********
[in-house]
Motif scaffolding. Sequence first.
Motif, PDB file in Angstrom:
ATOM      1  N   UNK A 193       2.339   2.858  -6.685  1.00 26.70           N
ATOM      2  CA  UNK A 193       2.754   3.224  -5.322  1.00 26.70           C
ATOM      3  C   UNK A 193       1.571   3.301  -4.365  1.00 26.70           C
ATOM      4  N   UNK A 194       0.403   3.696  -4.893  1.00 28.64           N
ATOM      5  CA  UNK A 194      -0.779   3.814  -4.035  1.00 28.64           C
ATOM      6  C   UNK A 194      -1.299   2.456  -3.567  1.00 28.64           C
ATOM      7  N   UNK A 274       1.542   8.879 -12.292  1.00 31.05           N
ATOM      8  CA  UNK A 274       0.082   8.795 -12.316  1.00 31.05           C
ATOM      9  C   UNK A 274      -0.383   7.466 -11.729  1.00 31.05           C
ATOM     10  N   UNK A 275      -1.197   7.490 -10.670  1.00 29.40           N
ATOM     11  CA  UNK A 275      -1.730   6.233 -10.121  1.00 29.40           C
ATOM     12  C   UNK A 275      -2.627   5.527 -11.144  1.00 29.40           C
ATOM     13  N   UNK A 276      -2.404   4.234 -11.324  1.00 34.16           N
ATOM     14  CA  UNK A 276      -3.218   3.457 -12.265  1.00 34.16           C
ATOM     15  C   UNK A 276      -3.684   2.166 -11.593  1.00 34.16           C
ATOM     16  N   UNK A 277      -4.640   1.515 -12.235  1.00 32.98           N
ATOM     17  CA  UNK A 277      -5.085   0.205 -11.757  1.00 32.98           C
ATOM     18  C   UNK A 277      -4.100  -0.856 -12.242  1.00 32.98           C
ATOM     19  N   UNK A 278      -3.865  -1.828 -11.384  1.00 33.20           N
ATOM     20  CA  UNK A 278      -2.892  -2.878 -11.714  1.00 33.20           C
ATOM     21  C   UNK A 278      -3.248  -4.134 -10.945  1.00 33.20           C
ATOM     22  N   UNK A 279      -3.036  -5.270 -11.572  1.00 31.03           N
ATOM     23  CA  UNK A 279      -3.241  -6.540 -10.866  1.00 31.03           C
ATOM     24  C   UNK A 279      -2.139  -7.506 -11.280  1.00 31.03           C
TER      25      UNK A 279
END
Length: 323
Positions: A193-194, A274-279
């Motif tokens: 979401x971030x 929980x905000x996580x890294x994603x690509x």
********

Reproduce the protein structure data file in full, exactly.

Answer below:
[in-house]
Motif scaffolding. Sequence first.
Motif, PDB file in Angstrom:
ATOM      1  N   UNK A 193       2.339   2.858  -6.685  1.00 26.70           N
ATOM      2  CA  UNK A 193       2.754   3.224  -5.322  1.00 26.70           C
ATOM      3  C   UNK A 193       1.571   3.301  -4.365  1.00 26.70           C
ATOM      4  N   UNK A 194       0.403   3.696  -4.893  1.00 28.64           N
ATOM      5  CA  UNK A 194      -0.779   3.814  -4.035  1.00 28.64           C
ATOM      6  C   UNK A 194      -1.299   2.456  -3.567  1.00 28.64           C
ATOM      7  N   UNK A 274       1.542   8.879 -12.292  1.00 31.05           N
ATOM      8  CA  UNK A 274       0.082   8.795 -12.316  1.00 31.05           C
ATOM      9  C   UNK A 274      -0.383   7.466 -11.729  1.00 31.05           C
ATOM     10  N   UNK A 275      -1.197   7.490 -10.670  1.00 29.40           N
ATOM     11  CA  UNK A 275      -1.730   6.233 -10.121  1.00 29.40           C
ATOM     12  C   UNK A 275      -2.627   5.527 -11.144  1.00 29.40           C
ATOM     13  N   UNK A 276      -2.404   4.234 -11.324  1.00 34.16           N
ATOM     14  CA  UNK A 276      -3.218   3.457 -12.265  1.00 34.16           C
ATOM     15  C   UNK A 276      -3.684   2.166 -11.593  1.00 34.16           C
ATOM     16  N   UNK A 277      -4.640   1.515 -12.235  1.00 32.98           N
ATOM     17  CA  UNK A 277      -5.085   0.205 -11.757  1.00 32.98           C
ATOM     18  C   UNK A 277      -4.100  -0.856 -12.242  1.00 32.98           C
ATOM     19  N   UNK A 278      -3.865  -1.828 -11.384  1.00 33.20           N
ATOM     20  CA  UNK A 278      -2.892  -2.878 -11.714  1.00 33.20           C
ATOM     21  C   UNK A 278      -3.248  -4.134 -10.945  1.00 33.20           C
ATOM     22  N   UNK A 279      -3.036  -5.270 -11.572  1.00 31.03           N
ATOM     23  CA  UNK A 279      -3.241  -6.540 -10.866  1.00 31.03           C
ATOM     24  C   UNK A 279      -2.139  -7.506 -11.280  1.00 31.03           C
TER      25      UNK A 279
END
Length: 323
Positions: A193-194, A274-279
């Motif tokens: 979401x971030x 929980x905000x996580x890294x994603x690509x």